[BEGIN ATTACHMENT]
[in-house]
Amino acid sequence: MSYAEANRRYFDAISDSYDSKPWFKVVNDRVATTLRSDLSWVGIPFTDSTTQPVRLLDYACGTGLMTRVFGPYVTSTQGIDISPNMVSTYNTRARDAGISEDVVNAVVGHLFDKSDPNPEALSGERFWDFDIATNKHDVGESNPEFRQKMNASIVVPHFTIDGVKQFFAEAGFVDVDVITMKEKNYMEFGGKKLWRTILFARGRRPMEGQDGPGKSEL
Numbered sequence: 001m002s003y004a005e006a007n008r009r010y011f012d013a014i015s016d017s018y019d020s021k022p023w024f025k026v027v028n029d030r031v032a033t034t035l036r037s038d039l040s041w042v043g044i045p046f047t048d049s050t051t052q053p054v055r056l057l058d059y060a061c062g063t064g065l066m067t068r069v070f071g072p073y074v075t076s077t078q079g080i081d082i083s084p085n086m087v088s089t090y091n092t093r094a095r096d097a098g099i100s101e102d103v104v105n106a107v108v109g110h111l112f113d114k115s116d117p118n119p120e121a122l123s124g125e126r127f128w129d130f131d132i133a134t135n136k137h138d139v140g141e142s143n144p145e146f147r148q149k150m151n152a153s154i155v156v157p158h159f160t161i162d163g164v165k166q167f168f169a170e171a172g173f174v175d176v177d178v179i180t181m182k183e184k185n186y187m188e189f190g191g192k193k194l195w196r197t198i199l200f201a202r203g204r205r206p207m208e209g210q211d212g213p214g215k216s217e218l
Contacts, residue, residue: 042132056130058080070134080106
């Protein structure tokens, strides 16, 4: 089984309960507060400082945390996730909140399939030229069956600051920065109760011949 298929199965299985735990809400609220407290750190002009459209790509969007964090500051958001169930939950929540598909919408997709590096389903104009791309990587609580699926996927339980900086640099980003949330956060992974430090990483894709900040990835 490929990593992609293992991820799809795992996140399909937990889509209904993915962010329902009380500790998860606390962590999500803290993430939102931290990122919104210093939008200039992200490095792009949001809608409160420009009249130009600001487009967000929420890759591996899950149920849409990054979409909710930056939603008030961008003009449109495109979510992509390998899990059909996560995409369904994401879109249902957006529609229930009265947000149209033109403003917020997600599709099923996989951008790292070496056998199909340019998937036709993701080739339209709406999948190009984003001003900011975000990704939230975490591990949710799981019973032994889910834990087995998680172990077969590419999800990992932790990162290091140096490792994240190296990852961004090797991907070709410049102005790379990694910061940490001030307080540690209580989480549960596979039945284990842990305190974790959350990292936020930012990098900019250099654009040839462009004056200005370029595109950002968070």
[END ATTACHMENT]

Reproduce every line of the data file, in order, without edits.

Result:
[in-house]
Amino acid sequence: MSYAEANRRYFDAISDSYDSKPWFKVVNDRVATTLRSDLSWVGIPFTDSTTQPVRLLDYACGTGLMTRVFGPYVTSTQGIDISPNMVSTYNTRARDAGISEDVVNAVVGHLFDKSDPNPEALSGERFWDFDIATNKHDVGESNPEFRQKMNASIVVPHFTIDGVKQFFAEAGFVDVDVITMKEKNYMEFGGKKLWRTILFARGRRPMEGQDGPGKSEL
Numbered sequence: 001m002s003y004a005e006a007n008r009r010y011f012d013a014i015s016d017s018y019d020s021k022p023w024f025k026v027v028n029d030r031v032a033t034t035l036r037s038d039l040s041w042v043g044i045p046f047t048d049s050t051t052q053p054v055r056l057l058d059y060a061c062g063t064g065l066m067t068r069v070f071g072p073y074v075t076s077t078q079g080i081d082i083s084p085n086m087v088s089t090y091n092t093r094a095r096d097a098g099i100s101e102d103v104v105n106a107v108v109g110h111l112f113d114k115s116d117p118n119p120e121a122l123s124g125e126r127f128w129d130f131d132i133a134t135n136k137h138d139v140g141e142s143n144p145e146f147r148q149k150m151n152a153s154i155v156v157p158h159f160t161i162d163g164v165k166q167f168f169a170e171a172g173f174v175d176v177d178v179i180t181m182k183e184k185n186y187m188e189f190g191g192k193k194l195w196r197t198i199l200f201a202r203g204r205r206p207m208e209g210q211d212g213p214g215k216s217e218l
Contacts, residue, residue: 042132056130058080070134080106
């Protein structure tokens, strides 16, 4: 089984309960507060400082945390996730909140399939030229069956600051920065109760011949 298929199965299985735990809400609220407290750190002009459209790509969007964090500051958001169930939950929540598909919408997709590096389903104009791309990587609580699926996927339980900086640099980003949330956060992974430090990483894709900040990835 490929990593992609293992991820799809795992996140399909937990889509209904993915962010329902009380500790998860606390962590999500803290993430939102931290990122919104210093939008200039992200490095792009949001809608409160420009009249130009600001487009967000929420890759591996899950149920849409990054979409909710930056939603008030961008003009449109495109979510992509390998899990059909996560995409369904994401879109249902957006529609229930009265947000149209033109403003917020997600599709099923996989951008790292070496056998199909340019998937036709993701080739339209709406999948190009984003001003900011975000990704939230975490591990949710799981019973032994889910834990087995998680172990077969590419999800990992932790990162290091140096490792994240190296990852961004090797991907070709410049102005790379990694910061940490001030307080540690209580989480549960596979039945284990842990305190974790959350990292936020930012990098900019250099654009040839462009004056200005370029595109950002968070």